Under Salman, the Kingdom has launched an aggressive and indiscriminate bombing campaign in Yemen, allegedly targeting Houthi separatist fighters allied with Iran. Saudi Arabia appears immune to quiet pressure from the Obama administration to mitigate civilian deaths and hospital bombings.
Nazer, the former Saudi embassy analyst, said it was clear by last summer that Salman's policies "were stark departures from the Kingdom’s signature quiet, behind-the-scenes diplomacy abroad and cautious, gradual reforms at home.”
Indeed, Salman has exhibited a greater willingness to put the Kingdom’s rift with Iran -- and by extension, with Shiite Islam -- out in the open.
As Rutgers University professor Toby Craig Jones put it, “The real problem is not just that Saudis are willing to live with violent sectarianism. They are now beholden to it, too. That the kingdom’s leaders have embraced sectarianism so recklessly suggests that they have little other choice.”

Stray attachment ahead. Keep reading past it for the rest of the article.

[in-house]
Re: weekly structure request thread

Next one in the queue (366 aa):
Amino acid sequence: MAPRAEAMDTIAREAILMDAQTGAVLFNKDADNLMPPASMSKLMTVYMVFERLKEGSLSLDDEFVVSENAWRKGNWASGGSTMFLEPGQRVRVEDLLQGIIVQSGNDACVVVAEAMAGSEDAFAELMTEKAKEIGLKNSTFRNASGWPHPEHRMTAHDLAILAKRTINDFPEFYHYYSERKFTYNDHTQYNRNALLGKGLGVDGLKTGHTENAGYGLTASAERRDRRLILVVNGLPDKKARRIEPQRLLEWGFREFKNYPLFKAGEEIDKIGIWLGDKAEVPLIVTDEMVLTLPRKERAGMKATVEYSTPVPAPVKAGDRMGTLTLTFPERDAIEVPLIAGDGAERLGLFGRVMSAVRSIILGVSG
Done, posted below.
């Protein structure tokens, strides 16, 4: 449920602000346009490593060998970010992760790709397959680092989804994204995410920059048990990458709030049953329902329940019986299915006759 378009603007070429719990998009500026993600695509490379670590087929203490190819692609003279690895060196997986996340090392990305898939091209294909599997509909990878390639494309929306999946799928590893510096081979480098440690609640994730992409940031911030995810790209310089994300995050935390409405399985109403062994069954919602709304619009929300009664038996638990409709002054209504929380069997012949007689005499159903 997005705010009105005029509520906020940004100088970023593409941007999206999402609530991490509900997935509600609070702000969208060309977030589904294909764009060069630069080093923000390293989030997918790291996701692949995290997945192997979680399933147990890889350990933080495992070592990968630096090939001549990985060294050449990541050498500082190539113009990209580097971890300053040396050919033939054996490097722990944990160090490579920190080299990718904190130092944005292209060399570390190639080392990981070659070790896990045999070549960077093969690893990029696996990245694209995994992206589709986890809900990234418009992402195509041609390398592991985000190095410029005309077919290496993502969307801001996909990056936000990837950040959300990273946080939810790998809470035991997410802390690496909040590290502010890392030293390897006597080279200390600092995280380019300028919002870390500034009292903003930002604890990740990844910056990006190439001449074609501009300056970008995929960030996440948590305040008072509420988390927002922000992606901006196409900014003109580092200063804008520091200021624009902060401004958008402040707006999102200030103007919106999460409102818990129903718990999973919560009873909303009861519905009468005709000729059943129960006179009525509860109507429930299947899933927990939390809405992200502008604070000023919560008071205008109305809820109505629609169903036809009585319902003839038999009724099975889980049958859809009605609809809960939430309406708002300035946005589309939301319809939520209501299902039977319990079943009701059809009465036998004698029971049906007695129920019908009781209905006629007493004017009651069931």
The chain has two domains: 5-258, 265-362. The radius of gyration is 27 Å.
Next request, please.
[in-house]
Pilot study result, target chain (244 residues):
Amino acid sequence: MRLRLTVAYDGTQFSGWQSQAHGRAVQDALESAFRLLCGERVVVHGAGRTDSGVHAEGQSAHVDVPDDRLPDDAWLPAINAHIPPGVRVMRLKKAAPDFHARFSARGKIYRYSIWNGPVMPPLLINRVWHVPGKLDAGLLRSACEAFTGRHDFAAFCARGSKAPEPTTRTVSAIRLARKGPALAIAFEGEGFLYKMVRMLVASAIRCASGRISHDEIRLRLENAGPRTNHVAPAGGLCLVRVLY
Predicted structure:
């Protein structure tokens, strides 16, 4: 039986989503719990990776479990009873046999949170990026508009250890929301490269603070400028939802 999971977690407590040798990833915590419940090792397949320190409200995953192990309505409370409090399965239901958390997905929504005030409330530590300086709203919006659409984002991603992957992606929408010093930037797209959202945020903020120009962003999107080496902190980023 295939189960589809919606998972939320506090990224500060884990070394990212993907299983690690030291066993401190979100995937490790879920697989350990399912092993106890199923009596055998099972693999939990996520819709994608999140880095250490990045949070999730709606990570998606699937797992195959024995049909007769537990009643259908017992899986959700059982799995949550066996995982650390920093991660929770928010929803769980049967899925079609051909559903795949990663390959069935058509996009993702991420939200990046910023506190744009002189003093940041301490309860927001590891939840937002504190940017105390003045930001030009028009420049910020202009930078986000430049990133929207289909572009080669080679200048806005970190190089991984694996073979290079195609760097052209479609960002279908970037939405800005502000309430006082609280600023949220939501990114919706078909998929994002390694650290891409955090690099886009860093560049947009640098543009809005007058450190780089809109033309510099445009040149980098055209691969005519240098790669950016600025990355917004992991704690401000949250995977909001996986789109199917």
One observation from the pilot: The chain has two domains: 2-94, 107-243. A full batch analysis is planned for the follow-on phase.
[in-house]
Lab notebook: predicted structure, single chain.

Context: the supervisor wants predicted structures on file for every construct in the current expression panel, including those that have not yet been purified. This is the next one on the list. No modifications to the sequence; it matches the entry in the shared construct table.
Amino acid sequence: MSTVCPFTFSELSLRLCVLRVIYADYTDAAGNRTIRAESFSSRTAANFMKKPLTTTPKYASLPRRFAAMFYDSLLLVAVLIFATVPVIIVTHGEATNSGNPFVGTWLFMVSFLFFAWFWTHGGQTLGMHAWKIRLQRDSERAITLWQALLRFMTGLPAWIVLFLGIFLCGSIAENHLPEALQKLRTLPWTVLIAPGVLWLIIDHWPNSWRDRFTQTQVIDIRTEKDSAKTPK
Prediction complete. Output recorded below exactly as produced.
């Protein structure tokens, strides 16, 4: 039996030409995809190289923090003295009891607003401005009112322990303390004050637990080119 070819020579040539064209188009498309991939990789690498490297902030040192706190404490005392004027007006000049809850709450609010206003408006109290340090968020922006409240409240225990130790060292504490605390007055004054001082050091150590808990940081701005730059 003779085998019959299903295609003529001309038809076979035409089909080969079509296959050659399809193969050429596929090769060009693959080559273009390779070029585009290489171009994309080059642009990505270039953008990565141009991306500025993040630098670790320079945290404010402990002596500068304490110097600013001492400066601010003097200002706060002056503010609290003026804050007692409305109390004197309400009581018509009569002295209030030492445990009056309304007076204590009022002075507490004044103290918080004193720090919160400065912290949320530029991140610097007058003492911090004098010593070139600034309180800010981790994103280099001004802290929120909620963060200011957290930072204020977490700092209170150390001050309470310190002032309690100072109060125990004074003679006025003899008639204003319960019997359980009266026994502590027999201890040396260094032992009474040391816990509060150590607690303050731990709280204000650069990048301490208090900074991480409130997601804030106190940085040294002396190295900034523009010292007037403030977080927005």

U.N.-led peace talks on Syria are scheduled to begin in Geneva on Jan. 25, and this will be the first time that Iran is invited to join the negotiations. It was a significant milestone for the U.N. to get Iran and Saudi Arabia, two of the outside parties most invested in the Syrian conflict, in the same room for negotiations at all. Now, however, some fear that the growing rift between Riyadh and Tehran could endanger already the already complex and fragile talks. Staffan de Mistura, the U.N. envoy for Syria, is meeting with officials from Saudi Arabia and Iran this week to urge them not to unwind the progress that's been made in the peace process so far, though that progress has been largely symbolic.
But Abdullah al-Mouallimi, the Saudi ambassador to the U.N., said Monday that the diplomatic spat would “have no effect” on the effort to end the civil war.